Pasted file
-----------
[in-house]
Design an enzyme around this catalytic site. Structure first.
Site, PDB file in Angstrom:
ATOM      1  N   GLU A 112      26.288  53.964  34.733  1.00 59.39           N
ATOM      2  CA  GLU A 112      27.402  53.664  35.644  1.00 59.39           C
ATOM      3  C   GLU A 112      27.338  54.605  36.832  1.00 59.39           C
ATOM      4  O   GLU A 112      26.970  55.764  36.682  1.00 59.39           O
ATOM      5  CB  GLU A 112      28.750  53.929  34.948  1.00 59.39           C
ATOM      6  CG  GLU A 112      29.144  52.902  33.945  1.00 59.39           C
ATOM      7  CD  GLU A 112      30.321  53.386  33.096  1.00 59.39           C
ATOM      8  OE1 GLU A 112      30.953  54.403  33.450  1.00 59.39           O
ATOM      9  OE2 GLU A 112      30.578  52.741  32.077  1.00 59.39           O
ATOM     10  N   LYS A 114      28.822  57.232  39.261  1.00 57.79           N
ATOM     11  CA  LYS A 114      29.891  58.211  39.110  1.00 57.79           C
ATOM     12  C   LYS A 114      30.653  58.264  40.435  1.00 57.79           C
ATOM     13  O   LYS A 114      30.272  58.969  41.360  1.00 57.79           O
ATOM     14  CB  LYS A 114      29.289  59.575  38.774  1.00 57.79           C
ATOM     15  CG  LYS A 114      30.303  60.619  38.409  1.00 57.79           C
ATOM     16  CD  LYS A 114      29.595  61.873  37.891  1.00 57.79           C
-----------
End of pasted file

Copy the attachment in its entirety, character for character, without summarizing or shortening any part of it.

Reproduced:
[in-house]
Design an enzyme around this catalytic site. Structure first.
Site, PDB file in Angstrom:
ATOM      1  N   GLU A 112      26.288  53.964  34.733  1.00 59.39           N
ATOM      2  CA  GLU A 112      27.402  53.664  35.644  1.00 59.39           C
ATOM      3  C   GLU A 112      27.338  54.605  36.832  1.00 59.39           C
ATOM      4  O   GLU A 112      26.970  55.764  36.682  1.00 59.39           O
ATOM      5  CB  GLU A 112      28.750  53.929  34.948  1.00 59.39           C
ATOM      6  CG  GLU A 112      29.144  52.902  33.945  1.00 59.39           C
ATOM      7  CD  GLU A 112      30.321  53.386  33.096  1.00 59.39           C
ATOM      8  OE1 GLU A 112      30.953  54.403  33.450  1.00 59.39           O
ATOM      9  OE2 GLU A 112      30.578  52.741  32.077  1.00 59.39           O
ATOM     10  N   LYS A 114      28.822  57.232  39.261  1.00 57.79           N
ATOM     11  CA  LYS A 114      29.891  58.211  39.110  1.00 57.79           C
ATOM     12  C   LYS A 114      30.653  58.264  40.435  1.00 57.79           C
ATOM     13  O   LYS A 114      30.272  58.969  41.360  1.00 57.79           O
ATOM     14  CB  LYS A 114      29.289  59.575  38.774  1.00 57.79           C
ATOM     15  CG  LYS A 114      30.303  60.619  38.409  1.00 57.79           C
ATOM     16  CD  LYS A 114      29.595  61.873  37.891  1.00 57.79           C